That leads me back to one of my problems that I mentioned above, though - how to judge the morality of individual actions - is killing the kobold a good or evil act?  I don't think there are any easy answers, but my hope is that the system that I hang on this concept can at least inspire some conversation, some debate, and get people who play it to question and discuss one of the accepted core concepts of role playing - that killing is good.

Thursday, September 22, 2011

FtA: In the Beginning...

I loved the idea of Gamma World as a kid.  At the core of it sits an idea that was and is fascinating to me - the awe-inspiring notion of wandering through the remains of a lost civilization that is just barely familiar to the player, juxtaposed against the fact that it is an anthropomorphic bear doing the wandering, and oh by the way, it's wearing a napoleonic hat and quoting passages from Pumping Iron.  The solemn and the absurd sitting side by side, in perfect harmony.  I even loved the character creation process - the fact that the character you got was completely random, and you could end up a supergod, or a complete schmoo, depending on the roll of the dice.  Balance?  Bah, balance is for OTHER games.  Not Gamma World!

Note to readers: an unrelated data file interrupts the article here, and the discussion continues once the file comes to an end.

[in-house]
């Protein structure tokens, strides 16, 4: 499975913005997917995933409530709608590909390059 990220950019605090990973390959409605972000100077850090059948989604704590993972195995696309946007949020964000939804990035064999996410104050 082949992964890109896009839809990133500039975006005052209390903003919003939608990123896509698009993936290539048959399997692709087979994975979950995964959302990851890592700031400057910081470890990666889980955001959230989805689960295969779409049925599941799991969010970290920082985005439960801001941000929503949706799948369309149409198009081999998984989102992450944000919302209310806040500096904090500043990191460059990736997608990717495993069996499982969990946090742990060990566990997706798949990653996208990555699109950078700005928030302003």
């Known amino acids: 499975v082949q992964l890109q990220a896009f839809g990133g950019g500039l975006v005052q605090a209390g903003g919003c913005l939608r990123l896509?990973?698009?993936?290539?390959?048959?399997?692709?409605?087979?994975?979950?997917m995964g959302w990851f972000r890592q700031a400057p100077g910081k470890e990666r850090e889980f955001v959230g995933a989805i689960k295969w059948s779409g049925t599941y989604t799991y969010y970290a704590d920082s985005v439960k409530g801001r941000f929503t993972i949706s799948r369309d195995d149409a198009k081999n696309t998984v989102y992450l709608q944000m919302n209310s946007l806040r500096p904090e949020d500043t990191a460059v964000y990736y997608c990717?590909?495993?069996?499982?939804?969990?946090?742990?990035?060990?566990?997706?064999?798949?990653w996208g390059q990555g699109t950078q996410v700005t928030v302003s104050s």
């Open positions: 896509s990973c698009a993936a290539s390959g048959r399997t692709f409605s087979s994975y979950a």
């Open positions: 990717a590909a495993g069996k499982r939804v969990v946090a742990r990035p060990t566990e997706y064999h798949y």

Then I started playing it, and, well... it was kind of dull.  I mean, it was fun at first, but there was no point beyond survival.  In D&D there is the leveling system, which makes  you more powerful, and gives you more things that you can do as you grow in power.  In Gamma World, you just got more hit points, and unless you took a bath in radiation, the powers you had at 1st level were the same ones you had at 10th.  Invariably the first level or so was fun, as you discovered the world and felt out your mutations and how they interacted with the mutations of the rest of the group, but eventually the party settled into The Way of Doing Things.  The floating monkey would use Paralyze on the Land Shark while the Mutated Human would use its telekenesis to hurl rocks from a distance, and the Pure Strain Human would charge in, vibrosword flashing.  Tactics could be applied, sure, but if you have a Paralyze attack that works 80% of the time, why would you use that Lower Temperature mutation?  It got to the point where I found myself, as a GM, rejiggering my adventures to give the party chances to use their mutations until I thought - there must be a better way.

Gamma World 4th edition tweaked the system a bit, giving characters classes and skills which grew as time progressed, but being able to swim better was not really what I was looking for.  The 4th Edition Gamma World took it a bit farther, with the randomization of the powers occuring multiple times per session, but that seemed to take away some of the fun that came from designing a character.  It became more Roll Playing than Role Playing, y'dig?